Having just delivered a panegyric on “Cities of Tomorrow” at a recent conference on Urban Sustainability, and praising the growing practice of ‘Citizen’s Juries’ across many countries in the world, I was momentarily thrown by a query from the audience asking: “what single policy measure would you propose for adjudication to promote civic progress?”. After a brief pause, intuitively I replied: “Land Value Taxation”.
The whole question of land policy lies at the heart of social, economic, environmental and political life in all societies. The distribution of property rights among the citizenry has always exercised enormous impact on both equity and productivity; and land tenure problems caused by unfair and weak land management has long led to serious injustice and severe conflict.
Identifying an equitable and efficient programme of effective land reform has been a career-long quest for me. My first job, over 50 years ago, was to study the implementation of the Land Commission Act 1967. Both job and Act lasted little more than a year! But the experience instilled in me an enthusiasm for the issue, together with a growing surprise and increasing concern, as land reform strategy has appeared to drop relentlessly down the public policy agenda.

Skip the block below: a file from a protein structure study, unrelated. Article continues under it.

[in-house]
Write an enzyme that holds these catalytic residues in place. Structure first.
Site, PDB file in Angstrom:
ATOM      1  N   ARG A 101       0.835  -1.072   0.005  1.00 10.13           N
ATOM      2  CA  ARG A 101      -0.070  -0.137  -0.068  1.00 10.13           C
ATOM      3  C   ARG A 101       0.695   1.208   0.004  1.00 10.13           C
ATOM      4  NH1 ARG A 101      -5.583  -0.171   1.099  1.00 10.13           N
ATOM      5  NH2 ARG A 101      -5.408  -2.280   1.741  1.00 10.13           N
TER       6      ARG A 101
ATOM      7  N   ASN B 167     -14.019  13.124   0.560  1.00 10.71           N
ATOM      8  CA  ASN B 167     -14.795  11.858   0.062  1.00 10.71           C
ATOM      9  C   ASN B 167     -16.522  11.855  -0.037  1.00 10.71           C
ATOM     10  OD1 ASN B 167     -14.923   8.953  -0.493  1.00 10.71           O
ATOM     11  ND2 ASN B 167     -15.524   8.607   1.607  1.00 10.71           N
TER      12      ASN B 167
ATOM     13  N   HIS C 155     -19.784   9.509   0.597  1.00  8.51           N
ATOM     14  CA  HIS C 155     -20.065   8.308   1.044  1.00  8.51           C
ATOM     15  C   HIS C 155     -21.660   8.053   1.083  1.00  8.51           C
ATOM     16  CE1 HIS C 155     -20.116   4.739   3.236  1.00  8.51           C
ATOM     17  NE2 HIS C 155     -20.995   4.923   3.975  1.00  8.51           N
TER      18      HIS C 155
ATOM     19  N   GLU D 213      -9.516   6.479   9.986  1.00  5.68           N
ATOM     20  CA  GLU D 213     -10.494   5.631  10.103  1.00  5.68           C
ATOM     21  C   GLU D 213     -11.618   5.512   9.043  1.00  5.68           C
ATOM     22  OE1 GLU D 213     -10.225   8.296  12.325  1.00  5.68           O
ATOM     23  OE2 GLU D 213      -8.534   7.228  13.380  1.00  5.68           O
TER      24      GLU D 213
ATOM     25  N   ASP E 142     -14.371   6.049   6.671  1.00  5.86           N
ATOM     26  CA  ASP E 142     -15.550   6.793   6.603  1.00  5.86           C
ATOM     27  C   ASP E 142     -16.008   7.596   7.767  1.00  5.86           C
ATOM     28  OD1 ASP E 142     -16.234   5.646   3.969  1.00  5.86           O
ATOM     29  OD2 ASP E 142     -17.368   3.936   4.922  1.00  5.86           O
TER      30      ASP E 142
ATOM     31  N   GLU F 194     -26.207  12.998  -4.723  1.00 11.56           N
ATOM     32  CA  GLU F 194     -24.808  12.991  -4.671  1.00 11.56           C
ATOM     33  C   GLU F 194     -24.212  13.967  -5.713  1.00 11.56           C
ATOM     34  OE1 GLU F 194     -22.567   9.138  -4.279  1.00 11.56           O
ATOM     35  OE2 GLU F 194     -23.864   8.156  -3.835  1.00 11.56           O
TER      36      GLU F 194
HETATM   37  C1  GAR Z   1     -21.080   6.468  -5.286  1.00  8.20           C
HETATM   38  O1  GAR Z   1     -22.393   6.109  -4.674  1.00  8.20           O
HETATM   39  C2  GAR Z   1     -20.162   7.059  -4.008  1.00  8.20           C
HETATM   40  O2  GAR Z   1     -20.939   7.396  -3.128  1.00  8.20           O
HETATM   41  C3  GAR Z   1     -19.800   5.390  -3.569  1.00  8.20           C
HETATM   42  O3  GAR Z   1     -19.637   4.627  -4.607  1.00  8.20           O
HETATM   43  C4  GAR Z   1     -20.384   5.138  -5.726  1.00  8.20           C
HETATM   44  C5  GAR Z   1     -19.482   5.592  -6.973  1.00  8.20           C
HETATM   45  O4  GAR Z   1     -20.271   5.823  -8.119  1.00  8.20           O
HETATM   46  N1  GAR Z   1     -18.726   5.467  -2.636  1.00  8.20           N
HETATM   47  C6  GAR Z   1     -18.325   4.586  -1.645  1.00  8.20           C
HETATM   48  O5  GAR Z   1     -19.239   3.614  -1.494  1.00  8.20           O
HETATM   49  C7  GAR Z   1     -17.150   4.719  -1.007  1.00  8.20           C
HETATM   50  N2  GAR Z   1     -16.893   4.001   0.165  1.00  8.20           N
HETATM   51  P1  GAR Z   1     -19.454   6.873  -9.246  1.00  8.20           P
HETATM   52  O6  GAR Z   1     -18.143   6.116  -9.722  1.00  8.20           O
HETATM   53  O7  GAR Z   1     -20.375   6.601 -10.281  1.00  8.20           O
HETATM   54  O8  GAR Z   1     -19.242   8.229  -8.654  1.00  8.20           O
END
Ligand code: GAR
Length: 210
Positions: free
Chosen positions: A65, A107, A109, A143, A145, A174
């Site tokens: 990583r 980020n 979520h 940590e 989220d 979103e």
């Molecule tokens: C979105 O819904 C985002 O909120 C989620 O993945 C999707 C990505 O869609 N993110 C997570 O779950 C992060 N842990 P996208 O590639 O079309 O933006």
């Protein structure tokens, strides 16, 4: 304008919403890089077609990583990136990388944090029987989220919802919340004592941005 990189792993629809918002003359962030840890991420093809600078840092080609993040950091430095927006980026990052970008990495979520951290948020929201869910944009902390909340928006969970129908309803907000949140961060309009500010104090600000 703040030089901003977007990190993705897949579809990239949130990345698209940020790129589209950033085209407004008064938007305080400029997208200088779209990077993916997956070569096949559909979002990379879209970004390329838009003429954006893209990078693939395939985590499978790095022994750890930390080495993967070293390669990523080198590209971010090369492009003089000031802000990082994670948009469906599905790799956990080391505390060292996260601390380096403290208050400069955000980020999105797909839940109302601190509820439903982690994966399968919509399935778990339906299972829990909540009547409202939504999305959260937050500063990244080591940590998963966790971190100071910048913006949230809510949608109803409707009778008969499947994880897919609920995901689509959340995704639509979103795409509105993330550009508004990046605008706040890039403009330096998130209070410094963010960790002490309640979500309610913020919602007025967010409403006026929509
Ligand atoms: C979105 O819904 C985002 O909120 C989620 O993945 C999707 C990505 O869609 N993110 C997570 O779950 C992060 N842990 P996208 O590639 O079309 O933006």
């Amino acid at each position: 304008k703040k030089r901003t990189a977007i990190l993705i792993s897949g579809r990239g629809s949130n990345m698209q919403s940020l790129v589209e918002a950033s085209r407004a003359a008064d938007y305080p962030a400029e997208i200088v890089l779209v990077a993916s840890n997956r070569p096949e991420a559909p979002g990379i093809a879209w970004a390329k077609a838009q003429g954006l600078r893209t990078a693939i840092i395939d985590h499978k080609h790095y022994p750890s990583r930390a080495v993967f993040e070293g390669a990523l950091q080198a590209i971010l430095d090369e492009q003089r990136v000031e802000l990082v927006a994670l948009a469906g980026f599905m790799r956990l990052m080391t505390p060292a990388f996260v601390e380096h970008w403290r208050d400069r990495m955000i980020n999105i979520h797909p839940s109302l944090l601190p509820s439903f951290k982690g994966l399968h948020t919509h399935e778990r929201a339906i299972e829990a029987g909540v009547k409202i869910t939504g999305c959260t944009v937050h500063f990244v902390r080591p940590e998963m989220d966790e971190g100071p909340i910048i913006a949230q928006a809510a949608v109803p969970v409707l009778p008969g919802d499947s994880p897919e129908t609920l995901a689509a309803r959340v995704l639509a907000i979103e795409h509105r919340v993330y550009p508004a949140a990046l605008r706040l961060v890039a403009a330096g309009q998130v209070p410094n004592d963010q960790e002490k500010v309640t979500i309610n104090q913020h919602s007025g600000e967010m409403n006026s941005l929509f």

Given that the very nature of regulatory government and statutory planning effectively implies a wholesale redistribution of community created land values, and therefore wealth, throughout communities, I remain resolutely amazed how the absurdly anachronistic beneficial ownership of land in societies throughout the world has been allowed to continue.
Without unpackaging the whole philosophical debate surrounding land ownership, land management and land values, I would like to suggest that a number of policies and practices worthy of judgement should be placed before ‘People’s Panels’ of some kind or another for further assessment, and hopefully verdict.